Again, it is likely that the school district will have knowledge of the state requirements for alternative schooling options, so you should ask them for this information. It is good to familiarize yourself with the requirements in other ways, too. To learn more about the requirements for transitioning from a traditional school in your area, you can click on your state on this interactive map to see the requirements for your state. You will also find similar resources at HSLDA.org. There are tons of other resources there as well to guide you as you go about transitioning from a traditional school and pursuing an alternative education.
Once you have thoroughly investigated what will be required of you, be sure to keep a list of these requirements, including if any standardized tests are required.
If you are transitioning from a traditional school to a home school...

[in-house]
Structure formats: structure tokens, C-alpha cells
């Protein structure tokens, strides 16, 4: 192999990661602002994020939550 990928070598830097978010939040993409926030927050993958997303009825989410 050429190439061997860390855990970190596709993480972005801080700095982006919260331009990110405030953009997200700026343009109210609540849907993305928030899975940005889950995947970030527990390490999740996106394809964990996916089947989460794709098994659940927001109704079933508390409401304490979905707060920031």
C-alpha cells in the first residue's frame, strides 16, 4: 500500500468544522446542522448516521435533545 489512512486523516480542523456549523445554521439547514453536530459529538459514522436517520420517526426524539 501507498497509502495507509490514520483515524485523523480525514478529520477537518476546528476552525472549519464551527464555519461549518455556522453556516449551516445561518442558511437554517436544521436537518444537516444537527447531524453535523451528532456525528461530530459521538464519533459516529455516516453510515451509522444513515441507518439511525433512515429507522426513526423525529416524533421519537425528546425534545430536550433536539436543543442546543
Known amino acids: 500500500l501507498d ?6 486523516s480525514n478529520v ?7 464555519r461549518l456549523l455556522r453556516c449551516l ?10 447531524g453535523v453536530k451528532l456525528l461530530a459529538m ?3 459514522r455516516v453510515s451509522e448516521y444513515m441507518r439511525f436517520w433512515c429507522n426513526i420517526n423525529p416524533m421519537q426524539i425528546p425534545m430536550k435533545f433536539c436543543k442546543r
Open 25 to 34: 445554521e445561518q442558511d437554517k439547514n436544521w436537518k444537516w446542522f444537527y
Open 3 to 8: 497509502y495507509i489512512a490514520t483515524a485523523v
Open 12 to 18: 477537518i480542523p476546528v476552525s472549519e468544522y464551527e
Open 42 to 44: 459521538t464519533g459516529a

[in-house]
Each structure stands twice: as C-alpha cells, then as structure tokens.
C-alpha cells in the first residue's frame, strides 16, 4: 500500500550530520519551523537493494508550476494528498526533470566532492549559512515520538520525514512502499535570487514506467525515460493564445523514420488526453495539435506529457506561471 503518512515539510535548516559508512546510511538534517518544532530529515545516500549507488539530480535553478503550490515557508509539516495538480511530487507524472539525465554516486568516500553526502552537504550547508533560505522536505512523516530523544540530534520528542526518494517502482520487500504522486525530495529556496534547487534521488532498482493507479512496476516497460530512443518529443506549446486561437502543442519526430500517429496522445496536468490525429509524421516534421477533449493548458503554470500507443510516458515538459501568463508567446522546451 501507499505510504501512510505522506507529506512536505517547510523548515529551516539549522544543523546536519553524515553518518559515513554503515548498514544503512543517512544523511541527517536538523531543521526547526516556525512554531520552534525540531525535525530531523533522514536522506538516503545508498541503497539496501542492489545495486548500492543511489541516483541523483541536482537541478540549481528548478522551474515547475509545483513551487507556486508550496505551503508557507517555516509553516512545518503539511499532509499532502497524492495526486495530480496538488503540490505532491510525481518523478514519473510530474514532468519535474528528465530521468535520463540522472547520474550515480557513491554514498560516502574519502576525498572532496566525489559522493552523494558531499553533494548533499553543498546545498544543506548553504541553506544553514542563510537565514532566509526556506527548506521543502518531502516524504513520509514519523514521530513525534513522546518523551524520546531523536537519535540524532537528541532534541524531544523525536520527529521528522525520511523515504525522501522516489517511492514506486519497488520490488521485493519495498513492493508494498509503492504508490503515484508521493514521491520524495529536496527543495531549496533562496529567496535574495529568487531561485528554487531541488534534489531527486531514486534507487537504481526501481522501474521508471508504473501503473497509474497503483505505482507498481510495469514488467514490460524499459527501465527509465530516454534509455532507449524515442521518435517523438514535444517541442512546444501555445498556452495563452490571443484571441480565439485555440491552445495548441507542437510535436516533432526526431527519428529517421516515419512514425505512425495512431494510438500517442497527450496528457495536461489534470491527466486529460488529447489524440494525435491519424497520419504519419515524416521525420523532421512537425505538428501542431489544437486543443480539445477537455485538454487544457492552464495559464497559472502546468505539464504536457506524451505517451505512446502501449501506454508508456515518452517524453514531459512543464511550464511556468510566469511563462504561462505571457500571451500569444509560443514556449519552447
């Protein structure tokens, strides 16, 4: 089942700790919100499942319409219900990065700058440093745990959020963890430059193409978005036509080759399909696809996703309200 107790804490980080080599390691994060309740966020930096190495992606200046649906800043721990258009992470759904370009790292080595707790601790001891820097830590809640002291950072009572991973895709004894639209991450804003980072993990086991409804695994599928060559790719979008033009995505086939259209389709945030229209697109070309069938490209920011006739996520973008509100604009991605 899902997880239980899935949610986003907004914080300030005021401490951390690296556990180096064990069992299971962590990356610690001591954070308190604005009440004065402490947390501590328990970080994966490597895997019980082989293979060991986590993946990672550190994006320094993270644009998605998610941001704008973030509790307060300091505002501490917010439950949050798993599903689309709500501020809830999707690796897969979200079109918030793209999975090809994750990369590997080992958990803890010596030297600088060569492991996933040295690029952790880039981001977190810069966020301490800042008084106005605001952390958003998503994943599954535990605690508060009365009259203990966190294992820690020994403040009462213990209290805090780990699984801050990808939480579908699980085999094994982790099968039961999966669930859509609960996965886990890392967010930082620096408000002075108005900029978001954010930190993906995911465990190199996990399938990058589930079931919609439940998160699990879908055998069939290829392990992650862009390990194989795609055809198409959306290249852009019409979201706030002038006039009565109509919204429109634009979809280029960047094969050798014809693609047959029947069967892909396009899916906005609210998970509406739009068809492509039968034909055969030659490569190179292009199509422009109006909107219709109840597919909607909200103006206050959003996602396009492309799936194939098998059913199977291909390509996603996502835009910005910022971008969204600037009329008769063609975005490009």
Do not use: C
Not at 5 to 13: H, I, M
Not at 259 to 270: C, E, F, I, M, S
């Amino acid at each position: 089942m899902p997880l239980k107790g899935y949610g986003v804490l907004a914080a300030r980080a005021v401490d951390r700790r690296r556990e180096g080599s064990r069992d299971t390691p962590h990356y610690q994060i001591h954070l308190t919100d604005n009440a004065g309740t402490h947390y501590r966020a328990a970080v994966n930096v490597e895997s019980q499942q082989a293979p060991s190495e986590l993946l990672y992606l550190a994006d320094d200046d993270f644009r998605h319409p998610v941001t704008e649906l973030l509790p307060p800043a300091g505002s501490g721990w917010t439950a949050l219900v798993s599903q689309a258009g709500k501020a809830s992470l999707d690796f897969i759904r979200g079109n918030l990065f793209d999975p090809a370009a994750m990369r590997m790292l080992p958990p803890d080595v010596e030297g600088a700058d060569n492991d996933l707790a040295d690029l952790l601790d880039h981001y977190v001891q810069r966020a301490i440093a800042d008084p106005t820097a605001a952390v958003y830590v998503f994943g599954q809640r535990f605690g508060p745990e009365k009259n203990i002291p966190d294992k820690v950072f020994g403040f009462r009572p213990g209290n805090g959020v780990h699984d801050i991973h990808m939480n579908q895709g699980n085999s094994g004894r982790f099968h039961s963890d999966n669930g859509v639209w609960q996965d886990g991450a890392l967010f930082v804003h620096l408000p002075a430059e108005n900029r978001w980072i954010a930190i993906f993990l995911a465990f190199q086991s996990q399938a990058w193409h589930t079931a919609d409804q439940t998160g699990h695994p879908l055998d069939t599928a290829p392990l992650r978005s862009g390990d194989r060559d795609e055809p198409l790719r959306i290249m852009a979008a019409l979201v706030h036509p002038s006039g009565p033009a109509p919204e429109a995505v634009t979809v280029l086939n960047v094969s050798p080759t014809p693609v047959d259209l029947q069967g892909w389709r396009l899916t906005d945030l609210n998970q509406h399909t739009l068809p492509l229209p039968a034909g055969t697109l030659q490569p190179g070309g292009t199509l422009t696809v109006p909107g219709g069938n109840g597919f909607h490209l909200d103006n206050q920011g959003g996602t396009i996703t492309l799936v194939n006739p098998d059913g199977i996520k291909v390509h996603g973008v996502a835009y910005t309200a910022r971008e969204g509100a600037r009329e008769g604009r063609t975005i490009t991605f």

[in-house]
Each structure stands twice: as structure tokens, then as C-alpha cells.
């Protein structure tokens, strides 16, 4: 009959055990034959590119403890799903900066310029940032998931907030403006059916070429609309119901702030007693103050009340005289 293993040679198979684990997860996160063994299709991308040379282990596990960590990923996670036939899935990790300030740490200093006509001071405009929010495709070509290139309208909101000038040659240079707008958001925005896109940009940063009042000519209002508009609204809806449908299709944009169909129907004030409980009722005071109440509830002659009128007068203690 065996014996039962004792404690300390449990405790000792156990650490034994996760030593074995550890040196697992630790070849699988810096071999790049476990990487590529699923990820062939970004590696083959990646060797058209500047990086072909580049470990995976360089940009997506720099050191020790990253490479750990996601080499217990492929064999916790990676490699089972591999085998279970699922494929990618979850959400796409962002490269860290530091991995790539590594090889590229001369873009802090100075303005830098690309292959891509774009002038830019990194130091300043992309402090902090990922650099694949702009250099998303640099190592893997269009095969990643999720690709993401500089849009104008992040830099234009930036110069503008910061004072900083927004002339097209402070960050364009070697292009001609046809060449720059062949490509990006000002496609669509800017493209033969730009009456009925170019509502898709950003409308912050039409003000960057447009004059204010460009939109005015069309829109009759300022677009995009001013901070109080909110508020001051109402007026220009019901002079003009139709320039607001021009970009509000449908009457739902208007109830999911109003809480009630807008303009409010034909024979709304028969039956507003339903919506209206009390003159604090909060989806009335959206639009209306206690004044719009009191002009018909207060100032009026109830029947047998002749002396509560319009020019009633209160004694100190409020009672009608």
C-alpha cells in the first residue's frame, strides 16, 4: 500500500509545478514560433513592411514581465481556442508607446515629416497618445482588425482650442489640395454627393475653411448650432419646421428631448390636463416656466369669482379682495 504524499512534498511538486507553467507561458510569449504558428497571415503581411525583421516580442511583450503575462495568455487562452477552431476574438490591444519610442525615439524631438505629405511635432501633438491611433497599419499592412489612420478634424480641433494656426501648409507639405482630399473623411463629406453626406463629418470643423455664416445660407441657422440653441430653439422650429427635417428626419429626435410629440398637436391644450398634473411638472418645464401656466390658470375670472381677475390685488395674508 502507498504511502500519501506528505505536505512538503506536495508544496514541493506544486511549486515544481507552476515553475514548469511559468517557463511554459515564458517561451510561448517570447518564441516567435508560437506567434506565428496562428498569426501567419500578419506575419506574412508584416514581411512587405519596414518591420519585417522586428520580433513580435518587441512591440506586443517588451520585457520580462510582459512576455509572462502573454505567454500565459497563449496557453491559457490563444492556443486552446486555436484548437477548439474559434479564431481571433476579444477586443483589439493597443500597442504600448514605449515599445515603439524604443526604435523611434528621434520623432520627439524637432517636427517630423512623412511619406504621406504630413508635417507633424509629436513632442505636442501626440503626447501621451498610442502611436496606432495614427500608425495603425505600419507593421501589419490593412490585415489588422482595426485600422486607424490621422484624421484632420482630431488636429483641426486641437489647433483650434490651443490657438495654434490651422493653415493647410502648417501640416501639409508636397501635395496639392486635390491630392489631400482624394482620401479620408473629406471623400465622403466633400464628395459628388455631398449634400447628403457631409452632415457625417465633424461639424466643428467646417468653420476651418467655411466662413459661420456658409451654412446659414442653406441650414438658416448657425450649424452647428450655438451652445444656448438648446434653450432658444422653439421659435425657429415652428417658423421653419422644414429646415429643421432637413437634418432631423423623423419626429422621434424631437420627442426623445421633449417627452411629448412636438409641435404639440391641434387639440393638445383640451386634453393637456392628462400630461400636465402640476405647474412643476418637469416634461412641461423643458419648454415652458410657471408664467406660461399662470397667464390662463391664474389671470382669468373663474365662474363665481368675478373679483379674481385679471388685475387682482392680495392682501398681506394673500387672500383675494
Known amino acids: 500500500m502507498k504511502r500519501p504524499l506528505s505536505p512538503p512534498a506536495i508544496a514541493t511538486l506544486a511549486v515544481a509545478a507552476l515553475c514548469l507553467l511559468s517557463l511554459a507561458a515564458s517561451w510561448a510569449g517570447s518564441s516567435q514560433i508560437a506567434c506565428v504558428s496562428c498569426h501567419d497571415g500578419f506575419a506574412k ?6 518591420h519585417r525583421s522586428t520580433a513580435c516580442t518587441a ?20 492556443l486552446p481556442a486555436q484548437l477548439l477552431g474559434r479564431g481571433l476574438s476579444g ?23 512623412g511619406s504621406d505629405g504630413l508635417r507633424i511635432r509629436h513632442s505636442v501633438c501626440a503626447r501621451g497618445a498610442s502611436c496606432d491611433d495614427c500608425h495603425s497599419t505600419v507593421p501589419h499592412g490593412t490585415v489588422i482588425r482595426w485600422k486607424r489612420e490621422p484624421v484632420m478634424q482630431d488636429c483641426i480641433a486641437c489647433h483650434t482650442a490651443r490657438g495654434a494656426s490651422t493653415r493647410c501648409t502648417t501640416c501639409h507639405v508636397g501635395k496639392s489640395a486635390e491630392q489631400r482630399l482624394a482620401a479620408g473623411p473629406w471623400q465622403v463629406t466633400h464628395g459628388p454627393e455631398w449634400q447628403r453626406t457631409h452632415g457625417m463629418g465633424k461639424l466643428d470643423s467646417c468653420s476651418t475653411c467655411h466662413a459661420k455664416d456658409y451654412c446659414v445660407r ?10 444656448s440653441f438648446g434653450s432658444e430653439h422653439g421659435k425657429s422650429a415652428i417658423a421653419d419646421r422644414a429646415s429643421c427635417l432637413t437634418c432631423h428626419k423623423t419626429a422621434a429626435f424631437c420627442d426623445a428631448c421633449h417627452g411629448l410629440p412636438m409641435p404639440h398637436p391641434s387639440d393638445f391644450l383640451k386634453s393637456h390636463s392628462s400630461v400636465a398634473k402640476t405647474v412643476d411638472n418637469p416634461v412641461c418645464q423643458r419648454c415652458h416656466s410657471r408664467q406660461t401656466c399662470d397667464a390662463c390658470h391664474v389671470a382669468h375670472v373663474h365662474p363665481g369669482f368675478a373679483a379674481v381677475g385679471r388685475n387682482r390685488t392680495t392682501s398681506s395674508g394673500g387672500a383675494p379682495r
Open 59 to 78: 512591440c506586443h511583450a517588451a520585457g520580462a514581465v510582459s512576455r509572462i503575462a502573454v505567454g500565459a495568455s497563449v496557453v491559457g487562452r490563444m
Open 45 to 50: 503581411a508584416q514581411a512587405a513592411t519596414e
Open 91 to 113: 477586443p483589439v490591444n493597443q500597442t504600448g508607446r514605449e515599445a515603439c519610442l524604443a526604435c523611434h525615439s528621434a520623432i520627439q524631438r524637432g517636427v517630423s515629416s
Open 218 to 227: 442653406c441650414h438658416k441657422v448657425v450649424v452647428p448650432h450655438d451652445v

Home schooling your children can be as simple or complicated as the laws in your state. Since you have already gathered a detailed list of your state’s requirements, you just need to make sure that your home school methods are keeping up with state standards.
Another crucial part of beginning to home school is keeping in-depth and organized records of your student’s grades and work. Some states may require you to keep a portfolio for the student’s work that needs to be reviewed for each year, but whether this is needed or not, you will likely need to provide a home school portfolio for college, so the more organized you are, the better. For more information about transitioning from home school to college read this guide.